Gillan told Kaaos TV about The Javelins. “The guys in the band, most of them tickled along at the occasional gig and they practiced, but most of them haven’t really played in any progressive way for 50 years or more — 55, 56 years now.

“I prepared all the material with Steve Morris, my old partner from Liverpool — not Steve Morse; Steve Morris. And we sent the tapes, 16 songs, to each of the guys, and said; ‘Okay, practice like crazy for six weeks.’ And so we all met in the studio in Hamburg and we recorded 10 songs on the first day. And the whole 16 were recorded in two days, and then the solos and extra bits and pieces: a few mistakes, were repaired on a Wednesday, and
then we did a video, and that was it. It was unbelievable.”

“I was listening to the rough mixes before we put on the vocal backings, the girls, and the brass section, because a lot of those old songs, like The Coasters and Ray Charles, had brass sections on them, so we’re doing it authentically, augmenting the band. “But, you know, because they hadn’t played professionally for 50 years, they didn’t evolve at all — they kept playing in the style which was in 1962, and consequently, when I’m listening to it, I think: ‘My God! This is so authentic. It sounds just exactly as it did in those days.’ It’s not musicians from today trying to do a retro version of those songs, which I’ve heard plenty of, and they’re always high production — there’s no breathing space; no nothing. It sounds, to me, just as I remember it.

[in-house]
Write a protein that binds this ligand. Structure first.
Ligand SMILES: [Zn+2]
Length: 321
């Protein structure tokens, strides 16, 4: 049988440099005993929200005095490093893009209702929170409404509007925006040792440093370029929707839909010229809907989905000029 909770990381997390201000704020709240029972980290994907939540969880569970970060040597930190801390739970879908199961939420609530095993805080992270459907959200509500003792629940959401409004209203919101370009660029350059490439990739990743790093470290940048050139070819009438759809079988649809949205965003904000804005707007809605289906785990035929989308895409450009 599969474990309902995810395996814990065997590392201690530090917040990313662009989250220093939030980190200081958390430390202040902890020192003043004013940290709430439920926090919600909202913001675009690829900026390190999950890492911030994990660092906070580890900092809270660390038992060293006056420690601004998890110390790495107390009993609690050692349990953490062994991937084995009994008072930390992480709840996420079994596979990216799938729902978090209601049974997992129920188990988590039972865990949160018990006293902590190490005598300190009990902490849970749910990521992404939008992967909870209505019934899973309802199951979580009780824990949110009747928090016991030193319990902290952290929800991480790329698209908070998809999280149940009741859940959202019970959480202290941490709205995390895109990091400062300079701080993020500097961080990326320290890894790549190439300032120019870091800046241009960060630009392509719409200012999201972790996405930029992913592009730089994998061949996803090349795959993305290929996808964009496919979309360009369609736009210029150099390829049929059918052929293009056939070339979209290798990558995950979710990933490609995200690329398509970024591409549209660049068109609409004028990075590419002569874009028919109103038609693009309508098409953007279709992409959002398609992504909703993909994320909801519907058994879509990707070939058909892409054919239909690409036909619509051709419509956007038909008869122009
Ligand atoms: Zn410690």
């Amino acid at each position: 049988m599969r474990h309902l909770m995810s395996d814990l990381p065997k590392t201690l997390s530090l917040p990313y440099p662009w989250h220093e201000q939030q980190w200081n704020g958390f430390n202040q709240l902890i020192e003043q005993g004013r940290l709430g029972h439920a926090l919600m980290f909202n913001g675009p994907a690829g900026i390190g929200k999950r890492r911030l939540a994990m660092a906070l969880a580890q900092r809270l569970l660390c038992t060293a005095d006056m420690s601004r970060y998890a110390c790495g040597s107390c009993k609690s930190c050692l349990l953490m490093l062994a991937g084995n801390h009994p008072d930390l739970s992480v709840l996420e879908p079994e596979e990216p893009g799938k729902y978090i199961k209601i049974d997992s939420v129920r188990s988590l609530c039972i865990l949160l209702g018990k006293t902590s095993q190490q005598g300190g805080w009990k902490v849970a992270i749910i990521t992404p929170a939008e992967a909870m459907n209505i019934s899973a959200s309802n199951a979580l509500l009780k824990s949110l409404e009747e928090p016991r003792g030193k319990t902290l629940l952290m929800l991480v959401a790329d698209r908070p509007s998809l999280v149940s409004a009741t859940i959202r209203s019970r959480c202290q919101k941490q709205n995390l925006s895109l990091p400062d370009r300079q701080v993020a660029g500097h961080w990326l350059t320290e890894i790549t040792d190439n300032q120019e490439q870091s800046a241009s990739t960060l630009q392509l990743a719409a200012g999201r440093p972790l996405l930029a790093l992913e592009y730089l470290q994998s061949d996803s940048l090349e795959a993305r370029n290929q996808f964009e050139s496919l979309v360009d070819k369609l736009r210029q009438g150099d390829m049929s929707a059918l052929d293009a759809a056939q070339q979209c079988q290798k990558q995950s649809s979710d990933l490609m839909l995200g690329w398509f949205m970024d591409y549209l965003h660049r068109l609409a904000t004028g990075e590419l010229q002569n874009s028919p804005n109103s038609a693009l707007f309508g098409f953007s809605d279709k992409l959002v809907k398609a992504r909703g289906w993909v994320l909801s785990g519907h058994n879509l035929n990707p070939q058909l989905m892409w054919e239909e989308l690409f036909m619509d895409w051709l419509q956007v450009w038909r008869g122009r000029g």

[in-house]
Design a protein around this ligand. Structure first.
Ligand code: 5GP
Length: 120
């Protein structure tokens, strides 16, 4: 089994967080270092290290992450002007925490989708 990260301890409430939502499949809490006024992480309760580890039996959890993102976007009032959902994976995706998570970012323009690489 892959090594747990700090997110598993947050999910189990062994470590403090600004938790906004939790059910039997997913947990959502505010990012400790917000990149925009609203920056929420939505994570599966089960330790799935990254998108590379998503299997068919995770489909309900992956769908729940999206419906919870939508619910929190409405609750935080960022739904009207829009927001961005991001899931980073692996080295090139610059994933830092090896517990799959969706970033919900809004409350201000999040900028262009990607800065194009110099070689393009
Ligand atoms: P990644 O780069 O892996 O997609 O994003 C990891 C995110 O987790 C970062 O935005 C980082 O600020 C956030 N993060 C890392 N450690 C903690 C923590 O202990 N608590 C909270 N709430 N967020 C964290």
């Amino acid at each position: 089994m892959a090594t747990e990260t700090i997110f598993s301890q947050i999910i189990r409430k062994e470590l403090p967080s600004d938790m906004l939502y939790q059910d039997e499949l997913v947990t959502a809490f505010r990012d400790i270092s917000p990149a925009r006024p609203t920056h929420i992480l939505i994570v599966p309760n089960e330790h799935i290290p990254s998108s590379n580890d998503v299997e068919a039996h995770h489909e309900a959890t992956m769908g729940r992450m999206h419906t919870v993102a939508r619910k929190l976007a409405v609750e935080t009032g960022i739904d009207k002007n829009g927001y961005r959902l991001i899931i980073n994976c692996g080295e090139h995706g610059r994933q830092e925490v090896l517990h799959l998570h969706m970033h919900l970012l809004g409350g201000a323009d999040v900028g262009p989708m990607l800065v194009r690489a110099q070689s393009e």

“Of course, we’re all in our 70s, and we’re like a bunch of schoolboys in the studio,” he added. “We had a reunion a couple of years ago — at Christmas, and we all went on a boat up the River Thames and had a fantastic night. And it was great — the old banter was still there, the jokes and the sense of humour. And it was wonderful — just truly wonderful: a great experience for these guys who have not been in a studio like that before.

“We did try another project a few years ago and made another set. So I think there were some nerves and some apprehension before the session, but by God, they went through it great. After every day’s work, we sat down, we had a meal and drank some beers together and just talked about things. It was great. It was certainly a fantastic experience.”

“Gene Clare — he’s an American sound mixer. We won’t go on stage without him mixing sound. He runs a PA hire scene. Madison Square Gardens was a personal freak-out: 40,000 hard-nosed New Yorkers in one day, but when we got there, they weren’t hard nosed at all.

“Resisting the record company’s demand for another record is a point. It’s hard to understand what they’re interested in. We’re peaking at the moment and I know that: obviously, we’re gonna fall away one day and we don’t wanna burn ourselves out. “How would you like to be poor old Marc Bolan? He’s gonna be burned out in about two years.”